It enhances an experiential learning process that not only promotes career preparation but also provides opportunities for learning, to develop skills necessary to become leaders in their chosen professions. Participation in SIWES has become a necessary pre-condition for the award of Diploma and Degree certification in specific discipline in most institutions of higher learning in the country, in accordance with the educational policy of government. OPERATORS OF THE SIWES PROGRAM: The industrial training fund (ITF), employers of labour, the higher institutions and some coordinating agencies like Nigeria university commission (NUC), (NCCE) and (NBTE) are the operators of this program. FUNDING: The Federal Government of Nigeria fund this program BENEFICIARIES: Undergraduate students of the following: Agriculture, Engineering Technology, Environmental, Science, Medical Science and pure and Applied Sciences DURATION: Four month for Polytechnics and Colleges of Education, and Six months for the Universities 1.1 OBJECTIVES OF SIWES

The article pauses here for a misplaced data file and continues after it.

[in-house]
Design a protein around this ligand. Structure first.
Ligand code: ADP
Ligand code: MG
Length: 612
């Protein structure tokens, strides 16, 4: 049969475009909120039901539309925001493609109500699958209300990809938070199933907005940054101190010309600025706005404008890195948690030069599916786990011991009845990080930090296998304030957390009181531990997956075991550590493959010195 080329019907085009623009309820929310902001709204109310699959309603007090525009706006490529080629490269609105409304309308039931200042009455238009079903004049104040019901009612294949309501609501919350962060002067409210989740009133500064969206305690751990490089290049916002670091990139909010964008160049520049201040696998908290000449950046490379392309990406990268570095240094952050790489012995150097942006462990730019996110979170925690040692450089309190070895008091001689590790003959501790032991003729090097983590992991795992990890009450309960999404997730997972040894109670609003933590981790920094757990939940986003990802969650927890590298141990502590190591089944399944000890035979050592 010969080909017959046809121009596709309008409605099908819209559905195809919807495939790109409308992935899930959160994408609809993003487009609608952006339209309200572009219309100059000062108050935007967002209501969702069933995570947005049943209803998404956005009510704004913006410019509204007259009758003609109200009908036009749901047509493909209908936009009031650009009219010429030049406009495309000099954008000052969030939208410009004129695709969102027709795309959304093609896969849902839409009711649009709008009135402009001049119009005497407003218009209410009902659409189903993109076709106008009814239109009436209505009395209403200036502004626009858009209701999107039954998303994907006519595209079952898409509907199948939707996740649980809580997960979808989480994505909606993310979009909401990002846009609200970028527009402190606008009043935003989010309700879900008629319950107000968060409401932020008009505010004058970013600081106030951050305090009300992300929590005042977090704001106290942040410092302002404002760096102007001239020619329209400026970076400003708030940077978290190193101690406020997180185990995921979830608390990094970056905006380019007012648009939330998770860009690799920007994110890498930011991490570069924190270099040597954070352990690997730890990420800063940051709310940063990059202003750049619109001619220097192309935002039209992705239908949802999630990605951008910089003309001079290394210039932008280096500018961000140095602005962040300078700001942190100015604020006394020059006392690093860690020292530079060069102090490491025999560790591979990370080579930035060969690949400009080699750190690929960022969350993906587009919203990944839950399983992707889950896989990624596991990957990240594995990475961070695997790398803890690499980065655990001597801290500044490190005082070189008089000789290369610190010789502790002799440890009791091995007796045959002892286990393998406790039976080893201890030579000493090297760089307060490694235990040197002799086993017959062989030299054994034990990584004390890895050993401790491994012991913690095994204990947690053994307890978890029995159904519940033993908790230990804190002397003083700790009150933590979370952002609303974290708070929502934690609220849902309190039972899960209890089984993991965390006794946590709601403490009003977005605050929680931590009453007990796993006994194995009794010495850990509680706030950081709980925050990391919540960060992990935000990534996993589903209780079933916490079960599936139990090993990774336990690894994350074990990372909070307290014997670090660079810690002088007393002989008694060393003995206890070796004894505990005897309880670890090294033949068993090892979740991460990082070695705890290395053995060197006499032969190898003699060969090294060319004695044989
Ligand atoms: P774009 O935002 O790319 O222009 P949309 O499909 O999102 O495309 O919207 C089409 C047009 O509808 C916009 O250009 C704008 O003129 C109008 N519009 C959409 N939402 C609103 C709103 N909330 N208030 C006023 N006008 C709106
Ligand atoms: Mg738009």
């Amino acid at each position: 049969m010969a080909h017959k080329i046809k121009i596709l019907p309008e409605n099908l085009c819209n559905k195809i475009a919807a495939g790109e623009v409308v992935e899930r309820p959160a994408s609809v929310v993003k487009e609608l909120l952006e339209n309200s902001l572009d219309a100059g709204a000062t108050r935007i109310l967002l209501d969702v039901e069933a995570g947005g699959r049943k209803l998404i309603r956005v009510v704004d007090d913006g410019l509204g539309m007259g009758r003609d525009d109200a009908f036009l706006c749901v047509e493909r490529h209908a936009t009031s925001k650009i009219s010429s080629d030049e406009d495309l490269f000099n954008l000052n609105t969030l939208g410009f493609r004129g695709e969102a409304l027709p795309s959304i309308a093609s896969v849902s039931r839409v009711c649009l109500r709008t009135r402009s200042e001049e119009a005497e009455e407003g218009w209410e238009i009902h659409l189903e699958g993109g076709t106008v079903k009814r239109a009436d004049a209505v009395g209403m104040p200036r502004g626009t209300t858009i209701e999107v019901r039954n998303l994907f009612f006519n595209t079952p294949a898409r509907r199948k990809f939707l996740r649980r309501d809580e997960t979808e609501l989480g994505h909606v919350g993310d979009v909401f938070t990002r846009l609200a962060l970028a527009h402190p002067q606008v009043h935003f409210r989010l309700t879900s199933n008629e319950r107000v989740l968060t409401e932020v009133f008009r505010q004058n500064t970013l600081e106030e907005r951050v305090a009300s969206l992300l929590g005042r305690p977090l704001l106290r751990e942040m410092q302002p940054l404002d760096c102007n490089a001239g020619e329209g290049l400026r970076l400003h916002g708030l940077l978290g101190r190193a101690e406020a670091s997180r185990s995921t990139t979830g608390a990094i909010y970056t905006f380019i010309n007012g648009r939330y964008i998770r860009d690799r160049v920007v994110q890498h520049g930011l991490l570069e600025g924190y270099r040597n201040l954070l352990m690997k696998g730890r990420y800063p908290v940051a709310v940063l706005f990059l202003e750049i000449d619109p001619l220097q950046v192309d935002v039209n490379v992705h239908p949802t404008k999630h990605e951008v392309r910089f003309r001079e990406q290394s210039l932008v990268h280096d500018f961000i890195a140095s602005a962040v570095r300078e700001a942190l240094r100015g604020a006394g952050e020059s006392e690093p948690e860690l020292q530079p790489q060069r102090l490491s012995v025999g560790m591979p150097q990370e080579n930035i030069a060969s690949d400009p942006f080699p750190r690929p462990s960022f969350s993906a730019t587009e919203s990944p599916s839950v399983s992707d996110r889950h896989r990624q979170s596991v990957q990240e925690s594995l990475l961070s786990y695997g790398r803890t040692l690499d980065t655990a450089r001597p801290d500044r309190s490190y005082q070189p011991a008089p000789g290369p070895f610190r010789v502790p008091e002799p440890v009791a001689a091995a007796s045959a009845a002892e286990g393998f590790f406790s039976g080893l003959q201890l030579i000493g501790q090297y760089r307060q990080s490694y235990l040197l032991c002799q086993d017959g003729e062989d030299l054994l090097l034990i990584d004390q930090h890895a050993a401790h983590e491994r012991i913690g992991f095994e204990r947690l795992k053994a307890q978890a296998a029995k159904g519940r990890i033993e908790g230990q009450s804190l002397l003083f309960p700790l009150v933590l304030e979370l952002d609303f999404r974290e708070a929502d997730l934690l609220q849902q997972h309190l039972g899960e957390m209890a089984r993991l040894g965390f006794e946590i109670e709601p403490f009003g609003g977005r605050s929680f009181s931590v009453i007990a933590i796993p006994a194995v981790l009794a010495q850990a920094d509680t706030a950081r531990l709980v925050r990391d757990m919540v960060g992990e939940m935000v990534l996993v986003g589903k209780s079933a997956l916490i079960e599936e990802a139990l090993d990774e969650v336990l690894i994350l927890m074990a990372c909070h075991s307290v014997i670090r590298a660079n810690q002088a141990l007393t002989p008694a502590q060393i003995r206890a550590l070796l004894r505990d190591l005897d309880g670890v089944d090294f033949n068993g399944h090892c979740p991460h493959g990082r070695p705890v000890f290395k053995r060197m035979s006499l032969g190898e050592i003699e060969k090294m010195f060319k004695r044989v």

1.It provides an avenue for students to acquire industrial skills and experiences in their course of study. 2.It prepares students for the workÂ situation they are likely meet after graduation. 3.It develops the skills and techniques directly applicable to their careers. 4.It makes the transit from universities to the labour market easier, and thus enhances students contact for later job placement. 5.It provides student with an opportunity to apply their theoretical knowledge in real situation, thereby bridging the gap between world and the practical day to day environment. 6.It enlists and strengthens employersâ involvement in the entire educational process of preparing university graduates for the employment in the industry. 7.SIWES increases a studentâs sense of responsibility.